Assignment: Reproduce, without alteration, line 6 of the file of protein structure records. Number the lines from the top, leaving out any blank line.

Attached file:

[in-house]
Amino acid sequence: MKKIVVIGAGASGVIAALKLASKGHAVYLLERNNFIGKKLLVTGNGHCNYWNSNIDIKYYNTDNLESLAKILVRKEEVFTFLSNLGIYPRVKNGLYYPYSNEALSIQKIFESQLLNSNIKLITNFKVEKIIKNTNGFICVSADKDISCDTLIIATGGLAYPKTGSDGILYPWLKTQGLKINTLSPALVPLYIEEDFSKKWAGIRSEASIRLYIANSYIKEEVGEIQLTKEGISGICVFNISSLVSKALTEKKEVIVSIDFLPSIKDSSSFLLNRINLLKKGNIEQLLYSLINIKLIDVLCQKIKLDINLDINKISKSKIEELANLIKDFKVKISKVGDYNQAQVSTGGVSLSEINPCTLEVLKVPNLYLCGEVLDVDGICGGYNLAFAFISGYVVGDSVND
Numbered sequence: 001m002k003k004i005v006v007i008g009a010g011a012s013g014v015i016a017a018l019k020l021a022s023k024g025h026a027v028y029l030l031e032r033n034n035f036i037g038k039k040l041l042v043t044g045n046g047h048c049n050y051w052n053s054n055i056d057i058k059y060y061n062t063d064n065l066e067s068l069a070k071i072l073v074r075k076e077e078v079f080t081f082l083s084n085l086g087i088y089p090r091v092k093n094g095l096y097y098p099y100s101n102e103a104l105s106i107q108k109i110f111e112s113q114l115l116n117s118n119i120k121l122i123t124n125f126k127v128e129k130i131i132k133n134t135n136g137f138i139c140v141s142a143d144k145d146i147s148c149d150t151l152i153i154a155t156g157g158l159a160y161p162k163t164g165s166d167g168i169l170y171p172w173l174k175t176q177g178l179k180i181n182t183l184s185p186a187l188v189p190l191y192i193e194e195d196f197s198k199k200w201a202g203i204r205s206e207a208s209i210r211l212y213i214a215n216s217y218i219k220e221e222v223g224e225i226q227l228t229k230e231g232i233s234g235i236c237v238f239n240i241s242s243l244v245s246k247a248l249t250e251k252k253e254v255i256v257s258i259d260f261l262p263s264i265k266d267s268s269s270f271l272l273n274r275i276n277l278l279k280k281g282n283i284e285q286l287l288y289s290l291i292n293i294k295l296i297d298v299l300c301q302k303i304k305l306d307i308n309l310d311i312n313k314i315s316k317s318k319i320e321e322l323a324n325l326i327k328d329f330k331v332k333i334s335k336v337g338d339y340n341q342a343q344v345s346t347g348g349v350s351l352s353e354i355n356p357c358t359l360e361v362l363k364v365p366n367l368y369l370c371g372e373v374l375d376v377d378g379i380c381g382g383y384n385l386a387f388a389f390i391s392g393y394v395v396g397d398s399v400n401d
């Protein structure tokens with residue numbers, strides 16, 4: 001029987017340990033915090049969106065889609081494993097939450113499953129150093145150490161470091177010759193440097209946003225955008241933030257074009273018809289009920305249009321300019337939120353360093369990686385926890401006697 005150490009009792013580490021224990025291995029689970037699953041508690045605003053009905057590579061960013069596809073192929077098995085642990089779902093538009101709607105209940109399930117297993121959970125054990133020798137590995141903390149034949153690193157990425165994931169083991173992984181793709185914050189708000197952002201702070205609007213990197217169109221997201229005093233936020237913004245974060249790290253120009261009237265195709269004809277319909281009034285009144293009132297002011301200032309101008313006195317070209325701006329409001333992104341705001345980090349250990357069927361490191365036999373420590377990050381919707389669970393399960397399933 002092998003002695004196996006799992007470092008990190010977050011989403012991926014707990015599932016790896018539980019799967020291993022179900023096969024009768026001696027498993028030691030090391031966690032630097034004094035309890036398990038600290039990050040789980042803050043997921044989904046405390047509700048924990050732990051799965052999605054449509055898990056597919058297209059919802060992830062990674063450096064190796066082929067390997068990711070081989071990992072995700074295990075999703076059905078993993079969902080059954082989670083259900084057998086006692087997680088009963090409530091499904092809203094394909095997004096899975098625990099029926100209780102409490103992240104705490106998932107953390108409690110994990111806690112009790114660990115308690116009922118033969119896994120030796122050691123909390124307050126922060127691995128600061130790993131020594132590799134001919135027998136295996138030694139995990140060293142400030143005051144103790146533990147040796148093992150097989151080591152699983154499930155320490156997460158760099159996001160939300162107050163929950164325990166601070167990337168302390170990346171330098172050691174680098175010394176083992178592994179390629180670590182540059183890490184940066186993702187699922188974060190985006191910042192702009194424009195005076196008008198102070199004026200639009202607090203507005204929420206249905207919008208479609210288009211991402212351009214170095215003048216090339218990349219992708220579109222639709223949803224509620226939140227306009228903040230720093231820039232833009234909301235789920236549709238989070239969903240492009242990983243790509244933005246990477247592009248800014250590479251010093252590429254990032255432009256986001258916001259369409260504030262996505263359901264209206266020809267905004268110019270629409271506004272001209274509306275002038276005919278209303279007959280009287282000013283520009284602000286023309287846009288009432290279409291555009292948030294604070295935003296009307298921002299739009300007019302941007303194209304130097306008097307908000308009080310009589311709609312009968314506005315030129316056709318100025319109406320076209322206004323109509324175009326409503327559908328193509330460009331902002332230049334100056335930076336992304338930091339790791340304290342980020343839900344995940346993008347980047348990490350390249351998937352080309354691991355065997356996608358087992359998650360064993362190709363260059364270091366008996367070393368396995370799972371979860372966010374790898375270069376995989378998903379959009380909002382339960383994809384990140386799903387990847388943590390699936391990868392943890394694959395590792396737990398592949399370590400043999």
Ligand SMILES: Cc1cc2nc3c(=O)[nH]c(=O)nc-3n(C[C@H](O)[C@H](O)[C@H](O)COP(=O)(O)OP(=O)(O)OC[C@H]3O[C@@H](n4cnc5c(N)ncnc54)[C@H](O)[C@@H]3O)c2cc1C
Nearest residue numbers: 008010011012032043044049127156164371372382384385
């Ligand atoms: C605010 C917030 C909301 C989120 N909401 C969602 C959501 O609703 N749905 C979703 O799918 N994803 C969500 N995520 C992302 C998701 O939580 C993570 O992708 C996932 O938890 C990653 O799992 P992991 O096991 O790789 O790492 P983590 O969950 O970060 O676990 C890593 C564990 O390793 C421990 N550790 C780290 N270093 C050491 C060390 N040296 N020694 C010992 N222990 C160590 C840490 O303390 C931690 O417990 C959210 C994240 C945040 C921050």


Nearest residue numbers: 008010011012032043044049127156164371372382384385